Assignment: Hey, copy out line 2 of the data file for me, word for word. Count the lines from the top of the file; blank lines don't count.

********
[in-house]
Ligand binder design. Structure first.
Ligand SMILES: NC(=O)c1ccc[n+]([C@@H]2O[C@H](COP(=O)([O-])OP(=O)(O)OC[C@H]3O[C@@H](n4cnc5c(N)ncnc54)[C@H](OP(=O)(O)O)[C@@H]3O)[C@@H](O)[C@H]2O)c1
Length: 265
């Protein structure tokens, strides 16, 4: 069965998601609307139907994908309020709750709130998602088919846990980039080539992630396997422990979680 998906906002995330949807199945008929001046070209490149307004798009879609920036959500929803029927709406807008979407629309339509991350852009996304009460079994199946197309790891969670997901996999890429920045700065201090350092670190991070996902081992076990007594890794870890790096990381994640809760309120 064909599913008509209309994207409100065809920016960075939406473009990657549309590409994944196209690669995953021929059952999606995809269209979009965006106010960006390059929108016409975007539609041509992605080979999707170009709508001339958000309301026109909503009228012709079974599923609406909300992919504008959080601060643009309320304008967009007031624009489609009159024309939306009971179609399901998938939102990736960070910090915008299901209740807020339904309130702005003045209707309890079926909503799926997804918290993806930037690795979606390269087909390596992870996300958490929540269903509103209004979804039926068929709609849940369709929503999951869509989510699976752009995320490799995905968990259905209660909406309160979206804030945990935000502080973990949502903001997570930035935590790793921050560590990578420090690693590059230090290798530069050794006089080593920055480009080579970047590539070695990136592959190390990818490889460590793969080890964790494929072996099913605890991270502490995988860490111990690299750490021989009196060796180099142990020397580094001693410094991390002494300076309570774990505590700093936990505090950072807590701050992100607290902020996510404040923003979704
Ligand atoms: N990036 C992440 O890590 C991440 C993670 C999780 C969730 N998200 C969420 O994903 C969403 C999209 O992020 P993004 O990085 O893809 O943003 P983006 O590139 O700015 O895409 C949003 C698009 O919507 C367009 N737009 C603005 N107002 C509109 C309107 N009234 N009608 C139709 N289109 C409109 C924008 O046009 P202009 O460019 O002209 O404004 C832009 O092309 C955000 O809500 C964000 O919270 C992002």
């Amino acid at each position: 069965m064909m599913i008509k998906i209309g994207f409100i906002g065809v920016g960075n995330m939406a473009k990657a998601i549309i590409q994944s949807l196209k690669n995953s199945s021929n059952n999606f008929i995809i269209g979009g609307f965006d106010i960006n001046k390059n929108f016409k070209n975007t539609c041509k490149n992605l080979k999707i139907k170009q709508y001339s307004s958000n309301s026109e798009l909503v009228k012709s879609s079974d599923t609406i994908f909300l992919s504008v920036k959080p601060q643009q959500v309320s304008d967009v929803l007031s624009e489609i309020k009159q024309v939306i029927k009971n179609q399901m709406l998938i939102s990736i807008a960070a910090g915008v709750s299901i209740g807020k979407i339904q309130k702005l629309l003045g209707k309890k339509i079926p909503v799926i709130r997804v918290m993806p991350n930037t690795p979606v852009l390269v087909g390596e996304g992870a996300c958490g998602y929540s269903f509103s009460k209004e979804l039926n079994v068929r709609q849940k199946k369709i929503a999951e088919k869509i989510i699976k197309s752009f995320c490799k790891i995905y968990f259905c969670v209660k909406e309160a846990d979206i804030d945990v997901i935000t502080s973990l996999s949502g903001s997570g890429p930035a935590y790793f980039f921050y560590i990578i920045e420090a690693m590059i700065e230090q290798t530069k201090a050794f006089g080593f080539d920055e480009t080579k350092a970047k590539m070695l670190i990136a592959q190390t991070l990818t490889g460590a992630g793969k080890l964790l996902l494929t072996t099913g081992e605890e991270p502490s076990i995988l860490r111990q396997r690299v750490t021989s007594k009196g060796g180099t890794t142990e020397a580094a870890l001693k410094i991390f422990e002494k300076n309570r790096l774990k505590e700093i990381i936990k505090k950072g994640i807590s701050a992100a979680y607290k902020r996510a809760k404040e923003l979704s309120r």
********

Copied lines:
Ligand binder design. Structure first.